Why is sustainable procurement so important? And how can organisations use technology to accelerate their efforts?
One of the biggest challenges companies face is designing and implementing sustainable procurement policies and overcoming a lack of crucial visibility across their supply chains.
As global communities continue to tackle the climate crisis, greater focus has been placed on ESG standards and how organisations can lower their carbon footprint.
According to McKinsey, between 80 to 90% of greenhouse-gas emissions from businesses are “Scope 3,” meaning they occur indirectly across the value chain.
Limited visibility is typically caused by sprawling email chains, ineffective software, and rigid spreadsheets, which also reduce efficiency and sustainable outcomes, but this is easily rectified with the right technology.
What’s holding back more sustainable procurement?
Adopting sustainable procurement practices may seem straightforward, but this isn’t always the case. And while many believe that if you make and keep your own sustainability pledges, you’re conducting green business, in truth, you’re only as green as your suppliers.
One of the largest impacts on an organisation’s ESG footprint is its procurement function. Yet barriers to change often stem from smaller steps within the process that are hidden from view, essentially blindfolding management teams.
One of the largest impacts on an organisation’s ESG footprint is its procurement function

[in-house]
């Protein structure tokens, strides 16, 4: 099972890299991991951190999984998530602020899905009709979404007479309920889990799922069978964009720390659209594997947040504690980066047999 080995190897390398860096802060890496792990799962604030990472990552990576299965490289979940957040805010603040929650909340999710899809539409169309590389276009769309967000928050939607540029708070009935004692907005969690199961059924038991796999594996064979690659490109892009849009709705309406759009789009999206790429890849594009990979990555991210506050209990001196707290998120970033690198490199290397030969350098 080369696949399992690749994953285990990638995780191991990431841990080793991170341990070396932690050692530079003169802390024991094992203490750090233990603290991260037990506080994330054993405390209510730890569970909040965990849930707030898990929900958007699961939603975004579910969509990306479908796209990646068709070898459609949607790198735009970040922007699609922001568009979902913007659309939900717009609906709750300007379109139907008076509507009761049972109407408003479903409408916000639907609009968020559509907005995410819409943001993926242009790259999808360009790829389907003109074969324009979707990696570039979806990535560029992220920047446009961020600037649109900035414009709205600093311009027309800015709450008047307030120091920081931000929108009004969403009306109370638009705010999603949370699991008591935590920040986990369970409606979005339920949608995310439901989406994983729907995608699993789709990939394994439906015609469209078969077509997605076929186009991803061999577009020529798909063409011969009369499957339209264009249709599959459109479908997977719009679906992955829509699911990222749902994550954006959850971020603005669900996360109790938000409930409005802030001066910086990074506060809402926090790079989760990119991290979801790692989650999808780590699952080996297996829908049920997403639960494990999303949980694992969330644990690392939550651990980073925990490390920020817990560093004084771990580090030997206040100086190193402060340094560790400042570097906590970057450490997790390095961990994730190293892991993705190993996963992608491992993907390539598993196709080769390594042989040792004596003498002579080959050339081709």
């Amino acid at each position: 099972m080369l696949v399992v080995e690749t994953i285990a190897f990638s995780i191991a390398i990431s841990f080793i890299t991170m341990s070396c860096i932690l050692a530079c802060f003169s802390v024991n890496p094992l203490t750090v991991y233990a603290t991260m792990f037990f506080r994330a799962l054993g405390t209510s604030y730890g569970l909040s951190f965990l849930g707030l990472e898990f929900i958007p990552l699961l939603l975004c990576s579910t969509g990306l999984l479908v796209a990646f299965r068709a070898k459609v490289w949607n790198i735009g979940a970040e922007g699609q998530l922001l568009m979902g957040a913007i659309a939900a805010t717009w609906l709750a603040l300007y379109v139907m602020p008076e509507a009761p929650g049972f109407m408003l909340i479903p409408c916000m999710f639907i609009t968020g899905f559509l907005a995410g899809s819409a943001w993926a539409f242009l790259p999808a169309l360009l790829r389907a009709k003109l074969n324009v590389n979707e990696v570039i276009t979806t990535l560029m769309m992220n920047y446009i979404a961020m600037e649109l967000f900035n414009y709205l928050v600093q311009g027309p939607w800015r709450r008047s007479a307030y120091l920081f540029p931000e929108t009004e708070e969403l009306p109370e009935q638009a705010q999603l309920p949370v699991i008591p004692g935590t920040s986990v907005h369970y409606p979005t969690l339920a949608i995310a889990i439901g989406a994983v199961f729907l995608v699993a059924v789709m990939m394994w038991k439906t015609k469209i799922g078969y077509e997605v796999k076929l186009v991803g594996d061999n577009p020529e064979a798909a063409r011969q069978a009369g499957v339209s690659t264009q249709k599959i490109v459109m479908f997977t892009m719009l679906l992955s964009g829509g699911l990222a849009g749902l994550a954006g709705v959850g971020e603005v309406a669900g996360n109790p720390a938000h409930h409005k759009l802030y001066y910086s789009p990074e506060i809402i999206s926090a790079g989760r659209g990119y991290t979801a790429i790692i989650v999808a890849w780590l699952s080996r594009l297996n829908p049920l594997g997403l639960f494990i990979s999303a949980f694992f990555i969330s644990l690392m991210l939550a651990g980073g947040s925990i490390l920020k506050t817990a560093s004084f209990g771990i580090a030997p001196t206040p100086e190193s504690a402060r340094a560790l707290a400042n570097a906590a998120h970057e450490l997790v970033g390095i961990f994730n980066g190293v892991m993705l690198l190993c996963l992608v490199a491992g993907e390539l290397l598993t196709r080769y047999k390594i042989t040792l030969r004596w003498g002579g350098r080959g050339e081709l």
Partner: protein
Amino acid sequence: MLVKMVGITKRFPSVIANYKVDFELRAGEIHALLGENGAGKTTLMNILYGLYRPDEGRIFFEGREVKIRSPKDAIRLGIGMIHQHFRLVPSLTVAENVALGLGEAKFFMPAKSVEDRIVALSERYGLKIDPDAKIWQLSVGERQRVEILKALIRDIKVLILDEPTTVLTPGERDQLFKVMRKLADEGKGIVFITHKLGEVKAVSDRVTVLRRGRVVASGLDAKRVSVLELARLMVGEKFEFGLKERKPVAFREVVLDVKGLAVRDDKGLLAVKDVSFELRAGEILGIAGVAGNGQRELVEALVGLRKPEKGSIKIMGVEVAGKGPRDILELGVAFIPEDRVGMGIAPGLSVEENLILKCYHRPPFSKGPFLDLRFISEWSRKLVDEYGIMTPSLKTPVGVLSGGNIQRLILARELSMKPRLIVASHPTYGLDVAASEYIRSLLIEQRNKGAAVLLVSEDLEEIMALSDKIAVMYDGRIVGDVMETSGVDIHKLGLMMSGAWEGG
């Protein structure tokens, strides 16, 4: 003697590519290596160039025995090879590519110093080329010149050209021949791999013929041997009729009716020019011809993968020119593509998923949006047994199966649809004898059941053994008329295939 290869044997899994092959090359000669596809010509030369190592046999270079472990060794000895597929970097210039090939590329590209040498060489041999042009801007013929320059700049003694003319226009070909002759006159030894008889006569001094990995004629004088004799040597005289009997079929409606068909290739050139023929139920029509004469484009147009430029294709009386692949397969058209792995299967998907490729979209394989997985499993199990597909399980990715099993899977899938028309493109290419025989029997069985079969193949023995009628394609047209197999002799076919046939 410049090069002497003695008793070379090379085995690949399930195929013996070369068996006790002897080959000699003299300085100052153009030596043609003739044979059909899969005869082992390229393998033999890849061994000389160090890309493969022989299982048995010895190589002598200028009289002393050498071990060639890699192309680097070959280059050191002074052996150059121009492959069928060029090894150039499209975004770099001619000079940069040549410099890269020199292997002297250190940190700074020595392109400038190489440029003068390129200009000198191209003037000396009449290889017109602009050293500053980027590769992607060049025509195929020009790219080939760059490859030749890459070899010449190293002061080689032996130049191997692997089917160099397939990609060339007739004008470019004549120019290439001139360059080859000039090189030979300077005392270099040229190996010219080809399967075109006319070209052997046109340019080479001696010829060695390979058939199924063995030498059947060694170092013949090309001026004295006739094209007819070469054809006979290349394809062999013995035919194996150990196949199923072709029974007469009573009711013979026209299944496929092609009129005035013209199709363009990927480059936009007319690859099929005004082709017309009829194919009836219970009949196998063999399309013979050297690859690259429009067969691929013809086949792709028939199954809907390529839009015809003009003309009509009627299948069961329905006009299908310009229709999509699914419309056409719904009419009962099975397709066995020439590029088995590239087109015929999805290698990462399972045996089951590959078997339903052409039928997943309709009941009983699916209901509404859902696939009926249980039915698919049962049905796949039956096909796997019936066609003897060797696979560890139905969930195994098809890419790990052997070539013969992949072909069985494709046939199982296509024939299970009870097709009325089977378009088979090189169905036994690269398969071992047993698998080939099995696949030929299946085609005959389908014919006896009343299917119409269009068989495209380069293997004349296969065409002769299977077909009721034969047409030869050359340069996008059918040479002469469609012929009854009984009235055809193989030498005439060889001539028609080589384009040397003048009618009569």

The complexity of modern global supply chains limits visibility, making it difficult to assess supplier sustainability efforts and make the right decisions.
Without proper assessment, businesses will continue to struggle to measure and track the impact of their current operations and improve supply chain sustainability.
Only recently have good practice regulations and governance begun to be enforced as cleaner supply chains become a priority across industries striving to reach national and international sustainability targets.
Plus, regulations vary across different countries and sectors, complicating the process of developing consistent and effective eco-policies. Pressure is also growing from consumers who are demanding change from the companies they choose to buy from.
Whilst this pressure has not significantly shifted consumer behaviour, it will soon influence buying decisions and loyalty.
Invisible problems can’t be solved
Visibility is the most essential component that allows organisations to deliver on their ESG targets. But the previous lack of governance and regulations for supply chains and dated processes rendered unauditable has held progress back.
If the end-to-end process cannot be fully evaluated, it cannot be accurately measured.
The digitisation of the procurement sector is helping businesses overcome this lack of visibility and reach a new level of clarity about their supply chain – and help with the sustainable procurement process.
Not only are new solutions proving useful in reviewing the criteria by which procurement companies select and manage their suppliers, also they can identify the faults of legacy systems and driving greater efficiency, saving on costs in the process.
Embracing climate-clever procurement
The supplier selection process, which includes the discovery, research, evaluation, and contracting of third-party suppliers of goods and services, allows businesses to achieve lower production costs, increased revenue, better sustainability measures, or more supply chain stability.